CoStar Canada Blog

Ontario March Market Report Now Available

by Canada Market Analytics Team | Mar 04, 2020

ontario march

The CoStar Canada Market Analytics Team recently released its March newsletter update focused on Ontario. Check out the team's assessment of performance across all market Ontario segments, and its forecast for the days and months ahead, below.

With the hopes that a new decade would bring greater opportunities for the nation, it seems that the anticipation for a strong start to the year will be hampered by the growing spread of Coronavirus.   In fact, global disruptions to supply chains and weakened tourism demand will likely reduce Canadian real GDP growth by 20 basis points (bps) to 1.2% in 2020. However, things could be much worse if the outbreak persists for a longer time period than currently expected.  Financial markets are now realizing the imminent impact, and as a result, the S&P TSX has seen all gains made since the beginning of the year wiped out in just the last week of February alone.  However, those that had the insight to transition their equity funds to gold at the beginning of the outbreak have seen a 12% return in just three months.

To make matters worse, the Canadian government is also dealing with anti-pipeline protests across the country in support of Wet’suwet’en hereditary chiefs.  Many of the protestors have blocked national rail lines which have impacted deliveries of goods across the nation.  Additionally, CN Rail recently announced that it plans to temporally lay off 1,600 employees, or approximately 7% of its workforce, due to the instability the protests have caused.  With all this in play, the Bank of Canada (BoC) is expected to cut rates at least once, but likely multiple times in 2020 in order to prevent further economic slowdown.  The question is, given consumer debt levels, will rate cuts prompt consumers to open their wallets, or just help households stay afloat?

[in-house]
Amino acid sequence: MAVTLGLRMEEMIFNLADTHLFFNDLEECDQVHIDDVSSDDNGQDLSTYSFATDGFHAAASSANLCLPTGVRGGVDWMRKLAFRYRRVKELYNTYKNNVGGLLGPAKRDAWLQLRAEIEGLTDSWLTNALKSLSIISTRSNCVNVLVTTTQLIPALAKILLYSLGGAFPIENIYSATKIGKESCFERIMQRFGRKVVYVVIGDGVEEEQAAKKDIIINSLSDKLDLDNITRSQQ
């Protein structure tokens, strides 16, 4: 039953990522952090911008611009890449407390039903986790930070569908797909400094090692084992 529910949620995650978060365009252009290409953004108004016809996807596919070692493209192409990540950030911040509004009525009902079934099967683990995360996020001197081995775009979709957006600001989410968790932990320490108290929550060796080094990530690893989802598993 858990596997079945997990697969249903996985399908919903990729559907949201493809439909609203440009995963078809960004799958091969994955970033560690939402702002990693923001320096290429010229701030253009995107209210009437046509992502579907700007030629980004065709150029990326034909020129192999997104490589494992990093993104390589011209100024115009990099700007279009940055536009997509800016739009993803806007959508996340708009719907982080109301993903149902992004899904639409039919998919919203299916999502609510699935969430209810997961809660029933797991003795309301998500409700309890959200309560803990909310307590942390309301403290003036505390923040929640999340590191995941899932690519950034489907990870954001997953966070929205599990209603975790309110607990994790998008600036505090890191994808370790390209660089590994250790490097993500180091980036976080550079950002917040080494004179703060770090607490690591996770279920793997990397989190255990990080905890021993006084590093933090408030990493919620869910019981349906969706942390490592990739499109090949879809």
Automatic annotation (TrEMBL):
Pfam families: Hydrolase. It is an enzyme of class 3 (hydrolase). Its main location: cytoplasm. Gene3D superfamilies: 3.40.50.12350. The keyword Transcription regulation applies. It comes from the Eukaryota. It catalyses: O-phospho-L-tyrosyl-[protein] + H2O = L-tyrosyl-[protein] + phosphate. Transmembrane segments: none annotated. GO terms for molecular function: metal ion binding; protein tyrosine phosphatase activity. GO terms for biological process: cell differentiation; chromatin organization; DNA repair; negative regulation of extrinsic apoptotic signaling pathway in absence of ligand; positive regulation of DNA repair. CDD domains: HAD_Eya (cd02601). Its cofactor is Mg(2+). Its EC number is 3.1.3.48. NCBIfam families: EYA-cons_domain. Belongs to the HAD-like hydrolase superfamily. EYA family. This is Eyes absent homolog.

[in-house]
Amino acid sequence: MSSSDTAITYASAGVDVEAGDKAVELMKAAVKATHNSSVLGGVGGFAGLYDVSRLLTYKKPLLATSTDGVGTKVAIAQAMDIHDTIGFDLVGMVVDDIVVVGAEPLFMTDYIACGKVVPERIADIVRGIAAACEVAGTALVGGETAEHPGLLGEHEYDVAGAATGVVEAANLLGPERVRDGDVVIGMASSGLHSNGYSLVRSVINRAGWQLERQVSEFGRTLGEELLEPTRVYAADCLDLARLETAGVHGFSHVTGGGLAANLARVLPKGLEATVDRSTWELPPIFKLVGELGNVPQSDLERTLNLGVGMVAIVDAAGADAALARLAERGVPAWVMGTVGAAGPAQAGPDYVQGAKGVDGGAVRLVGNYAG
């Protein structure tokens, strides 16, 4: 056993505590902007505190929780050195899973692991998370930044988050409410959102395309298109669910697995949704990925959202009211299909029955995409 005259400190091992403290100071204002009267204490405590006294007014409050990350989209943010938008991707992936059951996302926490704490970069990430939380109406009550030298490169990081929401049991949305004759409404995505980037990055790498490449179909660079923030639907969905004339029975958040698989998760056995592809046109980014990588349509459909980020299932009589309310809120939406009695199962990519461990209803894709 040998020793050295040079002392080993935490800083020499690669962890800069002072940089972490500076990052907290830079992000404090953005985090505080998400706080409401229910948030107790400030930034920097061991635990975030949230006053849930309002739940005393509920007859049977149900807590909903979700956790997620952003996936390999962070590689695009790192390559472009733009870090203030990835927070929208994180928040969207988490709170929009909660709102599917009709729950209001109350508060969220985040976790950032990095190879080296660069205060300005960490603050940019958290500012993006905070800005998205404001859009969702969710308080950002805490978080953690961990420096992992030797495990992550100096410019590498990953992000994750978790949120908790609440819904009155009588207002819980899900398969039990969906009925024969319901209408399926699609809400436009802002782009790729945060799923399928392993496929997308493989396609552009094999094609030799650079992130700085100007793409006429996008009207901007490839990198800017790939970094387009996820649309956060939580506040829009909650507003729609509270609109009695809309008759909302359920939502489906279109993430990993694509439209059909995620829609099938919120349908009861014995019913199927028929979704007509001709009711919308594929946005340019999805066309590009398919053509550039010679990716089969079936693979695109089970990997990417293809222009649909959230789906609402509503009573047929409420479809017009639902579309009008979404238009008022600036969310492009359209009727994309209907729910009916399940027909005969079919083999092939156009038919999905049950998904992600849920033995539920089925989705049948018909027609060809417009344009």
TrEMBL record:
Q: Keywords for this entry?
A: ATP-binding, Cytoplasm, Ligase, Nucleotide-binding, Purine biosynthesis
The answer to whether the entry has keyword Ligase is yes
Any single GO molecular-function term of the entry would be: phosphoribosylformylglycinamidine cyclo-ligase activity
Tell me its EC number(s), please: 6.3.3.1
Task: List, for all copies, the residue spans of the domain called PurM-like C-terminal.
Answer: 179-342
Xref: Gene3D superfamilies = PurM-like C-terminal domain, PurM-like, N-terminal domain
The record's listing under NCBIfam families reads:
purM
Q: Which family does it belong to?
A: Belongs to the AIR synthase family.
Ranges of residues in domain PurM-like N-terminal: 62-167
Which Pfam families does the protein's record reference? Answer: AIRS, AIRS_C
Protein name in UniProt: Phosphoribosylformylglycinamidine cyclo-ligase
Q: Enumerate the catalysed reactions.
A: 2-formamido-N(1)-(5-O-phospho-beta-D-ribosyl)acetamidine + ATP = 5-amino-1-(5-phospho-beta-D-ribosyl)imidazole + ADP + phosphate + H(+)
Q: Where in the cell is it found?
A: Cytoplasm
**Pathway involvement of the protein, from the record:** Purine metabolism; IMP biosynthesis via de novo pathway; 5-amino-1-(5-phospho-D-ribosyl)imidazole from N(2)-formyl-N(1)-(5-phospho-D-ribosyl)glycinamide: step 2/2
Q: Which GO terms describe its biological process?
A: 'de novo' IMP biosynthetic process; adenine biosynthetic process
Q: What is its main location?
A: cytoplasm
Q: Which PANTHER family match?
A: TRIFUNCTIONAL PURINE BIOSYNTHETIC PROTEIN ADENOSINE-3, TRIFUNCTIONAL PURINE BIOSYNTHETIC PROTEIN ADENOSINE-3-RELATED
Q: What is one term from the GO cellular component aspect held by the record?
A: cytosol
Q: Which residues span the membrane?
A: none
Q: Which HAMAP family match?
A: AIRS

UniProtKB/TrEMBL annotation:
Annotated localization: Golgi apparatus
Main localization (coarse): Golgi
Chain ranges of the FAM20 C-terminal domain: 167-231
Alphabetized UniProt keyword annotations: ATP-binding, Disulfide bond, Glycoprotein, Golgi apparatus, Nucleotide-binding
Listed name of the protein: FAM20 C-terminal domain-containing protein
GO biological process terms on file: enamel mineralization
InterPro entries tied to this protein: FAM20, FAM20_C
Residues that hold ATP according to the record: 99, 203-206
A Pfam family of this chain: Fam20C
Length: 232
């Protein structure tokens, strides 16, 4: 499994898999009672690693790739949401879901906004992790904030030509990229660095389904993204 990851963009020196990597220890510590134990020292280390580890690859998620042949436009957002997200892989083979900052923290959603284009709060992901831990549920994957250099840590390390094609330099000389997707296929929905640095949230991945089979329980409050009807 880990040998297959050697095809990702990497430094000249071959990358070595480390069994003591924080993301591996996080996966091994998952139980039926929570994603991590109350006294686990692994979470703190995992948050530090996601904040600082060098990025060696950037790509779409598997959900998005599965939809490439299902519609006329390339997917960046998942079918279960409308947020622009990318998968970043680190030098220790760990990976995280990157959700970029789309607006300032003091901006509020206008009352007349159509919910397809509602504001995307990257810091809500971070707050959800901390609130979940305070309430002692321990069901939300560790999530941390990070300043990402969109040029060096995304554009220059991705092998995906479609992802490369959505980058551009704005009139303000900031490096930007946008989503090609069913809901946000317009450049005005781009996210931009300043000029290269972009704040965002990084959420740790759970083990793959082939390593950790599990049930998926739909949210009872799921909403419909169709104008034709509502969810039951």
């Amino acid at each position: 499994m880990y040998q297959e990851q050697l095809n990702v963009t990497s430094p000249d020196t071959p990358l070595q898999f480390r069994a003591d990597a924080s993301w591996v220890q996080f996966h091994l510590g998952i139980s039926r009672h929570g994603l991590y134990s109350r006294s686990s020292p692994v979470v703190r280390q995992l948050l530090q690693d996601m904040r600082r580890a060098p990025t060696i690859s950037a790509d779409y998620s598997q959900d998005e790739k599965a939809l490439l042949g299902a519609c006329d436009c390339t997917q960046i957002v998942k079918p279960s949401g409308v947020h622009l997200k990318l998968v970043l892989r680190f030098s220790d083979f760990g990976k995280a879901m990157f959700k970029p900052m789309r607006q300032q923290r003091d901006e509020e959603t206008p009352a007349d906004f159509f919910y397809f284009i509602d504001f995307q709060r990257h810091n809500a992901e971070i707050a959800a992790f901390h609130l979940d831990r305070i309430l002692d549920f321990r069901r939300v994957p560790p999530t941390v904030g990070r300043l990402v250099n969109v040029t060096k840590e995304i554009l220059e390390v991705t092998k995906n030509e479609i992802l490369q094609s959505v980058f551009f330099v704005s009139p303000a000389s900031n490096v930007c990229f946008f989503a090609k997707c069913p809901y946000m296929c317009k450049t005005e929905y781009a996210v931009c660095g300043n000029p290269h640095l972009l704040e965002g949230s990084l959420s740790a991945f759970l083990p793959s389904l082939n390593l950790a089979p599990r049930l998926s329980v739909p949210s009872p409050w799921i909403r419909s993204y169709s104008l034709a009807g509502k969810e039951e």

Ontario’s economic growth is expected to continue performing relatively well in the coming months. However, the immediate impact of Coronavirus is impacting retailers and restaurants, with manufacturing sure to follow as supply chains are impacted.  The province’s labour market remains strong as a healthy influx of immigrants continue helping companies secure workers amid tight labour conditions. Despite the slight uptick in the unemployment rate, an increase from 5.1% at the end of October 2019 to 5.4% in January 2020, the overall unemployment remains low with 82% of employed Ontarians in full-time positions. Along with the tech sector in the Greater Toronto Area (GTA), Ottawa and the Kitchener-Waterloo regions, employment growth is focused in the Finance, Insurance and Real Estate (FIRE) sector.

The office, industrial and retail commercial real estate markets in the GTA continue to rapidly grow and outpace other Canadian markets. The office market vacancy rate reached 4.6% in February, decreasing by 10 bps year-over-year, with the average net asking rental rate up 5.7% over the same period, to $21.65 per square foot per year. Demand continues from both finance and tech tenants pushing vacancy rates down and net asking rents to all-time highs. Toronto continues to remain a strong market for office owners, with assets fetching top dollar. The robust demand and low vacancy in the market also continues to fuel construction activity. Approximately 12 million square feet of office space is under construction throughout the GTA, representing over 4.4% of existing inventory.